Given the number of collisions that have taken place at Cannon and Wellington, it makes sense to add high-visibility pavement markings.
By Ryan McGreal
Published December 05, 2014
Earlier this week, I posted a story about a number of collisions involving bicycles on the Cannon Cycle Track in the first two months of operation. In three of the instances, the cyclist was riding in the cycle track and collided with a car turning left across the cycle track. The driver was charged in all three cases. (In the other two, the cyclist was either riding on the cross street or riding on Cannon outside the cycle track.)
Cannon Street Cycle Track at Wellington
Almost immediately, I received a message from a cyclist about a collision that was not included in the city's incident data. Like three of the other incidents, this also took place at Cannon and Wellington.
I followed up with the police and received the following description of the incident:
On Thursday, November 6, 2014 at approximately 17:30 HPS responded to a motor vehicle collision involving personal injury at the intersection of Cannon Street East and Wellington Street North, in the City of Hamilton. On arrival, a cyclist was being loaded into an ambulance. The involved vehicle, a Toyota Sierra was parked on the east side of Wellington Street south of Cannon.
Investigation revealed that the Toyota had been traveling westbound on Cannon Street and made a left turn to travel southbound on Wellington Street. The cyclist had been traveling eastbound on Cannon Street in the bicycle lane. Signs indicate vehicles are to yield to cyclists in the bicycle lanes.
The Toyota turned into the path of the cyclist and he hit the passenger's side of the Toyota. The cyclist was taken to hospital with minor injuries.
This matches the cyclist's description of what happened:
I was travelling east on Cannon, probably at around 10mph, at about 5:15 in the evening on Thursday, 6 November. The driver of a westbound minivan turned left onto Wellington right in front of my bike; I was already in the intersection when she started her turn. I struck the side of her vehicle at full speed, but was able to turn slightly so I took the hit on my side rather than hitting her head-on.
The police were not immediately able to confirm whether any charges were laid as a result of the collision, and I have not yet been able to determine why this incident was not included in the set of collision reports I received from the City.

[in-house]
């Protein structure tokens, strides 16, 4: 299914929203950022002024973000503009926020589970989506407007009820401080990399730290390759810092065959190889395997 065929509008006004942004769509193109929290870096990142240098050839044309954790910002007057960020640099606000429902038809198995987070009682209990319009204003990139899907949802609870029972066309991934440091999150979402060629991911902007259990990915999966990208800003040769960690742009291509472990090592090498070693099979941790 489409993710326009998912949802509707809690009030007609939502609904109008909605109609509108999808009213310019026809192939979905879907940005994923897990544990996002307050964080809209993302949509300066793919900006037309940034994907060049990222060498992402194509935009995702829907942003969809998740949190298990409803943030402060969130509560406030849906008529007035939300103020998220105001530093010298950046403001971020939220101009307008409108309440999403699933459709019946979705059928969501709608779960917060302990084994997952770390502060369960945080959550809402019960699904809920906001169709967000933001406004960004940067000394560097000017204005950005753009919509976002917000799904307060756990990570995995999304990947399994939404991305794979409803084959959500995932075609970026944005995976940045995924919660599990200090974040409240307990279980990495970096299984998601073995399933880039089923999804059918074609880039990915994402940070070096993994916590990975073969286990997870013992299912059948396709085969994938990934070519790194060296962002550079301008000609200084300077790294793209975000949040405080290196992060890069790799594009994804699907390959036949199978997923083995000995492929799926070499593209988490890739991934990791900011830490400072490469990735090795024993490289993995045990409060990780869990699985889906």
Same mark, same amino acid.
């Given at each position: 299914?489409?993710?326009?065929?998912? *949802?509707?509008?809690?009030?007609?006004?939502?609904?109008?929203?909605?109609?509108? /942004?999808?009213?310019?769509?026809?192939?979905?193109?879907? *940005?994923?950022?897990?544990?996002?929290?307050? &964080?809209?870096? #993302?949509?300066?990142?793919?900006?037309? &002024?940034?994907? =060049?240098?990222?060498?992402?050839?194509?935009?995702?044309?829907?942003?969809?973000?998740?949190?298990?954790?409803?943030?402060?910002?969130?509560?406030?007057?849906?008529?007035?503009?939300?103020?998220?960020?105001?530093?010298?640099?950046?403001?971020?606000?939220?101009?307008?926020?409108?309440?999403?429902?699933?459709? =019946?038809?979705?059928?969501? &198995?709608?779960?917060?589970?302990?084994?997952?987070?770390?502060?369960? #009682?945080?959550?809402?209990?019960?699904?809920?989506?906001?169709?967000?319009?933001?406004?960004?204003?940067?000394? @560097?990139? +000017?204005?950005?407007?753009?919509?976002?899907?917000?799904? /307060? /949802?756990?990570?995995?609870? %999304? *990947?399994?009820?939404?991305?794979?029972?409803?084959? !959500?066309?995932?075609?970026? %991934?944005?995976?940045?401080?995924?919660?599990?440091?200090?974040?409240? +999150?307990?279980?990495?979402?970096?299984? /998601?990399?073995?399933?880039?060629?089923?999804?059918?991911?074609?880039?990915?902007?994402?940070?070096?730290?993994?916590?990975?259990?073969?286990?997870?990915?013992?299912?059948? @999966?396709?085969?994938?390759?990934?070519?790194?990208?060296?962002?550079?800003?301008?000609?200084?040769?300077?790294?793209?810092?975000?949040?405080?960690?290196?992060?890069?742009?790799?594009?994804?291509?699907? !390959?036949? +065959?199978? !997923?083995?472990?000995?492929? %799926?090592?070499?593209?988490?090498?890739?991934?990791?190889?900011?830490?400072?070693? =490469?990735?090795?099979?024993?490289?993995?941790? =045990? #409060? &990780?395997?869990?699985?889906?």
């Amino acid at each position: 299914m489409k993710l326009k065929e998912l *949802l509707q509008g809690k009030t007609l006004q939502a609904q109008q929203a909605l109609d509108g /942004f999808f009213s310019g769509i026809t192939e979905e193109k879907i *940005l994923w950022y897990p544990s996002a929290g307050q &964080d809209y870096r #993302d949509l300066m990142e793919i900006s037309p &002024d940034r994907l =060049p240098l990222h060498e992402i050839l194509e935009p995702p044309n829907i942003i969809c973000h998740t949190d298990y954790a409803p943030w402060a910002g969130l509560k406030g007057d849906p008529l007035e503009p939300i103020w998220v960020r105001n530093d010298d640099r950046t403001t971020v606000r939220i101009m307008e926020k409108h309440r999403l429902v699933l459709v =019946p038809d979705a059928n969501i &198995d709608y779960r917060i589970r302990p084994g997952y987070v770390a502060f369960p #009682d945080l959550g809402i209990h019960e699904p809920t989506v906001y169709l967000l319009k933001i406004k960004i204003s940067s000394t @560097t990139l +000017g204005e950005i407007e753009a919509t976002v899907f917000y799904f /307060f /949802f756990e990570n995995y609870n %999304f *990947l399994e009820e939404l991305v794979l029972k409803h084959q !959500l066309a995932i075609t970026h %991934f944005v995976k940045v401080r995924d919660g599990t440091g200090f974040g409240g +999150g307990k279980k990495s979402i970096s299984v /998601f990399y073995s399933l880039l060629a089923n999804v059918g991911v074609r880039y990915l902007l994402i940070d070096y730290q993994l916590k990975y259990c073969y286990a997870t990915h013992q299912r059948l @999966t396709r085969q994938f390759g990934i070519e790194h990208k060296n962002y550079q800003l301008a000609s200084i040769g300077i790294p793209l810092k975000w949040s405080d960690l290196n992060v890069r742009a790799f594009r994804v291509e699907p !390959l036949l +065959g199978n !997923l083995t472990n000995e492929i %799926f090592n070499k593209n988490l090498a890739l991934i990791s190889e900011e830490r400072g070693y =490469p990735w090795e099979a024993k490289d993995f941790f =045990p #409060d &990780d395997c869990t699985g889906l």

According to the cyclist, "the driver is being charged with careless driving and, since my light was knocked off on impact and none of my witnesses answered the phone when the cops called, I'm being charged with not having a front light."
The cyclist also reports that his clavicle is fractured in two places and requires "a very risky surgical intervention".
When the Cannon Cycle Track was designed, the design included pavement markings through intersections - regarded as "conflict zones" because of the potential for collisions when drivers turn across the path of cyclists.
The City officially opened the cycle track without adding the intersection markings, but stated in an October information report that the markings would be added in the next four weeks. Unfortunately, that hasn't happened yet.
When staff do add markings, I urge them to consider a high-visibility design similar to the intersection markings on the Dunsmuir Street cycle track in Vancouver:
Intersection markings on Dunsmuir Bike Lanes, Vancouver (Image Credit: Streetsblog)
The Functional Design document for the Cannon Cycle Track specifies dashed guiding lines and chevrons in white paint, similar to the intersection markings currently in place on Cannon and Sherman:
Cannon cycle track at Sherman (RTH file photo)
Given the number of collisions that have already taken place at Cannon and Wellington, this seems like an obvious choice to go with a higher-visibility design in this important pilot project.
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